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114 records – page 1 of 12.

Age at menarche and the risk of operative delivery.

https://arctichealth.org/en/permalink/ahliterature299215
Source
J Matern Fetal Neonatal Med. 2019 Feb; 32(3):411-418
Publication Type
Journal Article
Date
Feb-2019
Author
Hsu Phern Chong
J Frederik Frøen
Sylvia Richardson
Benoit Liquet
D Stephen Charnock-Jones
Gordon C S Smith
Author Affiliation
a Department of Obstetrics and Gynecology , University of Cambridge, NIHR Cambridge Comprehensive Biomedical Research Centre , Cambridge , UK.
Source
J Matern Fetal Neonatal Med. 2019 Feb; 32(3):411-418
Date
Feb-2019
Language
English
Publication Type
Journal Article
Keywords
Adult
Age Factors
Cesarean Section - statistics & numerical data
Delivery, Obstetric - methods - statistics & numerical data
Extraction, Obstetrical - statistics & numerical data
Female
Humans
Infant, Newborn
Male
Menarche - physiology
Norway - epidemiology
Obstetric Labor Complications - epidemiology - surgery
Obstetrical Forceps
Pregnancy
Risk factors
Term Birth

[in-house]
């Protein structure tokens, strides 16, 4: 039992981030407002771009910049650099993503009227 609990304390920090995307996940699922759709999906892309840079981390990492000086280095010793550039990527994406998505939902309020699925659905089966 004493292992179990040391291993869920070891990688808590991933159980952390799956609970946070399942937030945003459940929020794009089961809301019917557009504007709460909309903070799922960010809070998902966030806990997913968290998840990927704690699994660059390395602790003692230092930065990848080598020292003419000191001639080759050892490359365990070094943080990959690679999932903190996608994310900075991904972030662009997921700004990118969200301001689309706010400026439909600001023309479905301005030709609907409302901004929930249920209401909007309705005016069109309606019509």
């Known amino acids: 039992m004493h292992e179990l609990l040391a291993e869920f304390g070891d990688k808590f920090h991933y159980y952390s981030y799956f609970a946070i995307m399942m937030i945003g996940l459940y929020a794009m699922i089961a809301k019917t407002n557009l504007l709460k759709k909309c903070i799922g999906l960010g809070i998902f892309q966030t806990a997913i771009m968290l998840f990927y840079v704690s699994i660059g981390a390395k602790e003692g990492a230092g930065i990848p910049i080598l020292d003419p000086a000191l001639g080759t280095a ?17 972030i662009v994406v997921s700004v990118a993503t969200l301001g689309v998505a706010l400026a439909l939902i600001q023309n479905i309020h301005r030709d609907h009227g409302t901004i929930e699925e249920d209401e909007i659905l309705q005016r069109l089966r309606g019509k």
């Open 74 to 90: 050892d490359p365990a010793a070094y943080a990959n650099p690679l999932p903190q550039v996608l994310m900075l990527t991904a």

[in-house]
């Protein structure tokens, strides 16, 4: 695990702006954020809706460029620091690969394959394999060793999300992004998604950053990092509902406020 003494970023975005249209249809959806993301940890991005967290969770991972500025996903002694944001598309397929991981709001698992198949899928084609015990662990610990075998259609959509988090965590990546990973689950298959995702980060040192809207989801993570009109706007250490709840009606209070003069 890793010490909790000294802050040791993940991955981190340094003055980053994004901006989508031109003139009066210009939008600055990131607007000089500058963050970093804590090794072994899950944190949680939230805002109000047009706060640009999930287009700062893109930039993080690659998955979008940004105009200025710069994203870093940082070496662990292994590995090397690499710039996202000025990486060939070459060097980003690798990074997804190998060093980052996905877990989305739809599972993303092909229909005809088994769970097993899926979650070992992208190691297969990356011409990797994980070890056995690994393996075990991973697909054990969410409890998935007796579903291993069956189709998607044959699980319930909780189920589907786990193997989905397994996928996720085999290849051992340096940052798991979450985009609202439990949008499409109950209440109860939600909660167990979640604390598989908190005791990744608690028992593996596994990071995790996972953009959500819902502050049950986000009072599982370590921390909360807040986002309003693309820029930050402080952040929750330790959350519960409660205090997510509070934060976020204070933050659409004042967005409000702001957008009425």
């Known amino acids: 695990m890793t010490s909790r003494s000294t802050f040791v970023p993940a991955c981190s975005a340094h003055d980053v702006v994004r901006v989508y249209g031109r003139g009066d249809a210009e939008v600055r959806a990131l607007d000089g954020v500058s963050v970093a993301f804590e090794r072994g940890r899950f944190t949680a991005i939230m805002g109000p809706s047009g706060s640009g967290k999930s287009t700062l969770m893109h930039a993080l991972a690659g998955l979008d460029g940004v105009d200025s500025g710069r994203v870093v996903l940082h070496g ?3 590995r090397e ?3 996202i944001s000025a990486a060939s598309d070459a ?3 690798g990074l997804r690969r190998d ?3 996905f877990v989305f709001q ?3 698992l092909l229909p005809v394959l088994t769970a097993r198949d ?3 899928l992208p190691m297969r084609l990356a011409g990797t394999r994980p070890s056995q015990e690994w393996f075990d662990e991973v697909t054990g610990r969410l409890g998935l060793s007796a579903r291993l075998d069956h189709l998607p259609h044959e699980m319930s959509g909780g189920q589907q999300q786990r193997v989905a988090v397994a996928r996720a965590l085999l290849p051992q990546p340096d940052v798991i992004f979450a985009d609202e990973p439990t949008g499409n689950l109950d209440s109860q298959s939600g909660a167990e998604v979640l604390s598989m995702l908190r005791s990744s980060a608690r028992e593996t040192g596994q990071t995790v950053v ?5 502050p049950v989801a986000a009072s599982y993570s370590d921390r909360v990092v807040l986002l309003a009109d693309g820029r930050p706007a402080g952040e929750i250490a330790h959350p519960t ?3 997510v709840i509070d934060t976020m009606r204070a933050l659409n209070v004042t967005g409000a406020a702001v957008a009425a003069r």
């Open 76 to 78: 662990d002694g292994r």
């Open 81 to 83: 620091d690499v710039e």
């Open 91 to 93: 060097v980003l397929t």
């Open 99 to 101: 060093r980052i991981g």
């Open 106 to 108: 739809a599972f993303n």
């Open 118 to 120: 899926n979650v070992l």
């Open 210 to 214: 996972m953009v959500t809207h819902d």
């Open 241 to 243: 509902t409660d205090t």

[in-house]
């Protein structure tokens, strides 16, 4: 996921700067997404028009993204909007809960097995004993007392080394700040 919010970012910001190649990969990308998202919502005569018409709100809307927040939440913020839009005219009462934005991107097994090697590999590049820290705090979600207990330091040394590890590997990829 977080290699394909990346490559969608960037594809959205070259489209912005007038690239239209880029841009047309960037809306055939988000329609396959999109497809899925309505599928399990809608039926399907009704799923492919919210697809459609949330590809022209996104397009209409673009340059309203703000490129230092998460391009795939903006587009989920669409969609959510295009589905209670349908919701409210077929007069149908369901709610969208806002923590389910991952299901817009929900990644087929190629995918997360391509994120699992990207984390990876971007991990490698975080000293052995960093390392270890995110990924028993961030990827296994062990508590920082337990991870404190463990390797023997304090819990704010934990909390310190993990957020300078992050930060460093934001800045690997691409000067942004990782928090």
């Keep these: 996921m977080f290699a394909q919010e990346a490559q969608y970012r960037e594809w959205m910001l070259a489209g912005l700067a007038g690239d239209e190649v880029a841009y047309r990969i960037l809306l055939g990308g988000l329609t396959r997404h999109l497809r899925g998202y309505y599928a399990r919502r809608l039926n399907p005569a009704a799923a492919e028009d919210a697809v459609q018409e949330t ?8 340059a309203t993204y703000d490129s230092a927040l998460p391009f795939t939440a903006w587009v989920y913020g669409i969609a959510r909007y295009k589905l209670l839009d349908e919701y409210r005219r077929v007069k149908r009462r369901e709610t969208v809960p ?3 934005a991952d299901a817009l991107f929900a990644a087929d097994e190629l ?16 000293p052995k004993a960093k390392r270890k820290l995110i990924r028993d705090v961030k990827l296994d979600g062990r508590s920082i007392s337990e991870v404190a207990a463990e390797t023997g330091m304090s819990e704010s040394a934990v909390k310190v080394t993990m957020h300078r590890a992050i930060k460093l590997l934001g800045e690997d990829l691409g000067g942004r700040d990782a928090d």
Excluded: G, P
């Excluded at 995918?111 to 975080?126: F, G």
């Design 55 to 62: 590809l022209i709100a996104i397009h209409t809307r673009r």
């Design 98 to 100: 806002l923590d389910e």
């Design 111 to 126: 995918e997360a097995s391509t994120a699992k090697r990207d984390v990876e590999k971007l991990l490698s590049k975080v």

Vacuum Extraction, Obstetrical - statistics & numerical data
Young Adult
Abstract
We sought to evaluate the impact of later menarche on the risk of operative delivery.
We studied 38,069 eligible women (first labors at term with a singleton infant in a cephalic presentation) from the Norwegian Mothers and Child Cohort Study. The main exposures were the age at menarche and the duration of the interval between menarche and the first birth.
Poisson's regression with a robust variance estimator.
Operative delivery, defined as emergency cesarean or assisted vaginal delivery (ventouse extraction or forceps).
A 5 year increase in age at menarche was associated with a reduced risk of operative delivery (risk ratio [RR] 0.84, 95%CI 0.78, 0.89; p?
PubMed ID
28958167 View in PubMed